Recent reports describe a proposal known as “binding arbitration” as a would-be middle ground, a possible compromise between Congress and the Trump administration on addressing prescription drug costs.
But as a Democrat who supported the Affordable Care Act and worked on many bipartisan measures while representing the state of Arkansas, I feel qualified to say: binding arbitration for drug pricing is far from “moderate,” but instead a form of price setting that could do significant harm to the quality of care Americans receive.
In binding arbitration, the government convenes a panel that decides what the price of a drug should be, and drug makers are required to sell at that price going forward. The unelected panel would have full discretion to set prices that they deem are reasonable with no accountability to the American people, including millions of patients seeking access to treatments that would be put at risk by this pricing mechanism.
If a top-down, command and control approach sounds like a good idea, ask yourself why we don’t convene such “arbitration” panels to set the price for cars, houses or groceries? A price set by a government-established panel is not the way our free market system normally operates, where buyers and sellers are free to participate, or not, at willingly agreed to rates.
But put aside economic theory, do citizens of single-payer nations have better access to drugs than Americans? The data says no. For instance, in Germany, often cited as a model of binding arbitration, patients have access to only 71 percent of new cancer medicines, compared to 96 percent for Americans, and patients face average treatment delays of 11 months versus three months in the United States. A broader review of many countries found an average 17-month lag between when drugs become available in the United States and other nations. For millions of cancer patients with survival hanging in the balance, waiting additional months for a treatment that will extend or even save their lives is a cruel outcome of government interference.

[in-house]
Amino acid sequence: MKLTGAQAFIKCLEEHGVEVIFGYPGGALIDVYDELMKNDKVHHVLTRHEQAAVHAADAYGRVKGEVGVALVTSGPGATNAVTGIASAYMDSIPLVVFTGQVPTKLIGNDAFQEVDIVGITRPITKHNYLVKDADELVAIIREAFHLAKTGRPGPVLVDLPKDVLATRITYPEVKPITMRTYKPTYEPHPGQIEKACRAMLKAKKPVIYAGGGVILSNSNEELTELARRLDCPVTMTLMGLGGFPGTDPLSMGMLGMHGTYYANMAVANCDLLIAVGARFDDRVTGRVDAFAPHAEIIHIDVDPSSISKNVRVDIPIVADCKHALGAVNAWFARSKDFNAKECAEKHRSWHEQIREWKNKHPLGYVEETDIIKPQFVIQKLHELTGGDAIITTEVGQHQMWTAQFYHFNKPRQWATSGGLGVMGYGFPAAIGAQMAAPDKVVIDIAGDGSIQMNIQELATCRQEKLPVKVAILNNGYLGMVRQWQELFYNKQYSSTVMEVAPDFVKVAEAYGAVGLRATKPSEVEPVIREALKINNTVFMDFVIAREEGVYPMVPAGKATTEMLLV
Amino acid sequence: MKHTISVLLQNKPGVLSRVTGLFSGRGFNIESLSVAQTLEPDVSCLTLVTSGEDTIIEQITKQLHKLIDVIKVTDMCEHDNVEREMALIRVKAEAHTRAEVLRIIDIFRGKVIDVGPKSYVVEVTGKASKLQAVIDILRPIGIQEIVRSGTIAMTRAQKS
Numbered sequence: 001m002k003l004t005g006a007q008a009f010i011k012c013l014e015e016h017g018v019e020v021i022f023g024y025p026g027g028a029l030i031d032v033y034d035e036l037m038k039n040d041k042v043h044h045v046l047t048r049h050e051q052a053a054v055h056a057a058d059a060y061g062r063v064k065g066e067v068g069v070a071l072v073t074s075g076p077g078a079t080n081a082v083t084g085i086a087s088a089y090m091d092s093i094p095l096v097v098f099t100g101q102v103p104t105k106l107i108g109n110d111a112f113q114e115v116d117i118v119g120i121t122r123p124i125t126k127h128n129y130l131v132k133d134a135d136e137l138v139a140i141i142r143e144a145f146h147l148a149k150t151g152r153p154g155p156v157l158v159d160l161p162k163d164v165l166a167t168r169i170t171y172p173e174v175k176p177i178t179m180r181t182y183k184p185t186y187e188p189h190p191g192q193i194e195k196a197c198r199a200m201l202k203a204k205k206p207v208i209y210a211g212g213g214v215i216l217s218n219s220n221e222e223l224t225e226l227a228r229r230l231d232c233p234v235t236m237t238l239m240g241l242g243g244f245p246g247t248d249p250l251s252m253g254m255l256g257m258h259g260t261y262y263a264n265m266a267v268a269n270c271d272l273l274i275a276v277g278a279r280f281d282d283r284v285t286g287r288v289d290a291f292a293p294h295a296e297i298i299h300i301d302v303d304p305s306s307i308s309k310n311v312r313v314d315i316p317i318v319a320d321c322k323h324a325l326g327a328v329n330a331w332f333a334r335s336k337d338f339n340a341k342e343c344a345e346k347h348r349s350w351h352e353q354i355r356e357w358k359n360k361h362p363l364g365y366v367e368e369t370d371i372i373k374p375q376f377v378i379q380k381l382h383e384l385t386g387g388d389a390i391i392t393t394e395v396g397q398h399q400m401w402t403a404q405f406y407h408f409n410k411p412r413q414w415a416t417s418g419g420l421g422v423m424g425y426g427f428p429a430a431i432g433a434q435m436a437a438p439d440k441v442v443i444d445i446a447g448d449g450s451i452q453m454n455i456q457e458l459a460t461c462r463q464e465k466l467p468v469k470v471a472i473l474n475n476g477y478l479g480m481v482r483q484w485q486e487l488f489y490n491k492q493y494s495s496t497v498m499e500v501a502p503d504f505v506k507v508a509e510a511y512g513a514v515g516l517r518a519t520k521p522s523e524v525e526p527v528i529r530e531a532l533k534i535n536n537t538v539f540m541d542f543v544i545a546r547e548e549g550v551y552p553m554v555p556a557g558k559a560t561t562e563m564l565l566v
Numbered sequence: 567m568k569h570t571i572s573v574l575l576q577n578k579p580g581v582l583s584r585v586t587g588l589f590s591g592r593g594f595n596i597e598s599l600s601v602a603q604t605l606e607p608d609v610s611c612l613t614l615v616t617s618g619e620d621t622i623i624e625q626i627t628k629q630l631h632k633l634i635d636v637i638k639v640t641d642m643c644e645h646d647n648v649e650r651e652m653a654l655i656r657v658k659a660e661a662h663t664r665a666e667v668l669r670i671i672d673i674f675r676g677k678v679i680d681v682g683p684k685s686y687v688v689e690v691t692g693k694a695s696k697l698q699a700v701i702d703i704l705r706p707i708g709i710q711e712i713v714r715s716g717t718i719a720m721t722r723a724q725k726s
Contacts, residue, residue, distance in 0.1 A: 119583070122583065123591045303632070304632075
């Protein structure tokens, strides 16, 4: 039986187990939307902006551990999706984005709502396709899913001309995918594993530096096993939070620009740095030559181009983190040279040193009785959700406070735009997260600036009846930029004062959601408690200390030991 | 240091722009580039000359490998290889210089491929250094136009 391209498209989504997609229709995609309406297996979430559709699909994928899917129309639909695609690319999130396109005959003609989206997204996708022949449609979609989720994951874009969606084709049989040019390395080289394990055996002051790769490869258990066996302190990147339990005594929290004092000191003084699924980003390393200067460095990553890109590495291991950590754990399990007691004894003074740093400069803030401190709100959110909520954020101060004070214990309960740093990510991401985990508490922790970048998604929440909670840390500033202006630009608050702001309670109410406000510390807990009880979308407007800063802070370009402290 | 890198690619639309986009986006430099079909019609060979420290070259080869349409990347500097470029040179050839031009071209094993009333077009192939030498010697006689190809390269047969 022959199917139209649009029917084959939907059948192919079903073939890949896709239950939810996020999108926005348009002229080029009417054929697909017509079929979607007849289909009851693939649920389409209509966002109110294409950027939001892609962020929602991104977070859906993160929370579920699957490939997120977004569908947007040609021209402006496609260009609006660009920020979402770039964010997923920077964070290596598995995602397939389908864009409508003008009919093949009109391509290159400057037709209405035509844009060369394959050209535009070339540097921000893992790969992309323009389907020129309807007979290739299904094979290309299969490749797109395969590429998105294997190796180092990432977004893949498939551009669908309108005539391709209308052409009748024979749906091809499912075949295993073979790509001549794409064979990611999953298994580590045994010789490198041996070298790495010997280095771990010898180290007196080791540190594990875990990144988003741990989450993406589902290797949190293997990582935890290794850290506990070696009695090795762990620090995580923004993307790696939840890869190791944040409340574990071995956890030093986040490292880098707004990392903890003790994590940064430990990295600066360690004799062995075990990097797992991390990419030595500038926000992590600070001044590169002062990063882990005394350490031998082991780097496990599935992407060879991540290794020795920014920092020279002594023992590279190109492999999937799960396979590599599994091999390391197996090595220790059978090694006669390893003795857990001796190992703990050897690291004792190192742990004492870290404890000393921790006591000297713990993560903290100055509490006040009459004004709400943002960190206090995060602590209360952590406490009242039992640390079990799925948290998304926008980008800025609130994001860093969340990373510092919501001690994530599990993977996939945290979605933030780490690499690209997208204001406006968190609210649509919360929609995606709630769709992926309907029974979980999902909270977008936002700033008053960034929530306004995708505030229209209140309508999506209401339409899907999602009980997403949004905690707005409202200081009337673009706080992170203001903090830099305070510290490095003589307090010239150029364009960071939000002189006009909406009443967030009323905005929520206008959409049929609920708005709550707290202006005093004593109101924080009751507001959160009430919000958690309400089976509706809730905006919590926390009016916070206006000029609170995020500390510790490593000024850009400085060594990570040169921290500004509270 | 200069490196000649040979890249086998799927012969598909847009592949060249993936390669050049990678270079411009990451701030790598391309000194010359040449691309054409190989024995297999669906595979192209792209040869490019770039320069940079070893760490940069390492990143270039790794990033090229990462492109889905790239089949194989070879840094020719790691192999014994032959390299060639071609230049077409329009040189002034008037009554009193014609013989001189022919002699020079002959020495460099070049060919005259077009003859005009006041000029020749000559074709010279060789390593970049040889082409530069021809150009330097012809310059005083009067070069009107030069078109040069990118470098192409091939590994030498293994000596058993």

Broadly speaking, arbitration emphasizes cost to the government in the short-term over other priorities like drug innovation, quality of patient care and long-term savings.
Proponents often tout that binding arbitration could be targeted at drugs without any competitors. But the vast majority of drugs without competitors are brand new, and sometimes are the only effective treatment available to patients. This is worth keeping in mind when evaluating how binding arbitration would warp the incentive structure of the drug market, penalizing innovation and stemming the rate of investment in crucial research.
This effect would be compounded because, for many reasons, the U.S. drug market is, by far, one of the world’s most important drug markets, driving innovation for the rest of the world. One reason it’s so important is that most new medicines are brought to market by American companies — the share of new drugs invented by U.S. firms far outweighs our relative population or even our GDP.
Another is the quality of care. Our health care system isn’t perfect, but there’s also a reason people travel from all over the world to be treated in American hospitals. Late last year, a 9-year-old Canadian boy with cancer traveled 700 miles to Seattle for groundbreaking treatment. By the time the treatment goes through an onerous approval and pricing process in his home country, it could be too late to save his life.
Other nations have taken a different path, generally sacrificing access to and quality of care as a means of keeping their single-payer programs more affordable. Another example, Bloomberg news recently reported that families in England are moving to Scotland and Ireland to access a new cystic fibrosis drug for their children. Bloomberg described the trade-offs this way: “In financially-constrained England, when confronted with a pharmaceutical company such as Boston-based Vertex seeking to recoup billions of dollars to develop a new drug, the answer is sometimes brutally simple: almost no one gets the medicine.”
American families should not be put in the position of having their loved ones’ treatment and even survival at the mercy of a binding arbitration panel, which will delay access to drugs in the short-term and hinder research and development of new treatments over time.
A better approach to lowering prescription drug costs is to increase competition by streamlining the FDA approval process and improving access to biosimilars, drugs that reports show are safe and effective options that could help lower costs. Now is the time to have this important discussion and to work in a bipartisan fashion to find solutions that can increase competition and lower costs, without diminishing the market incentives that drive life-saving medical innovations.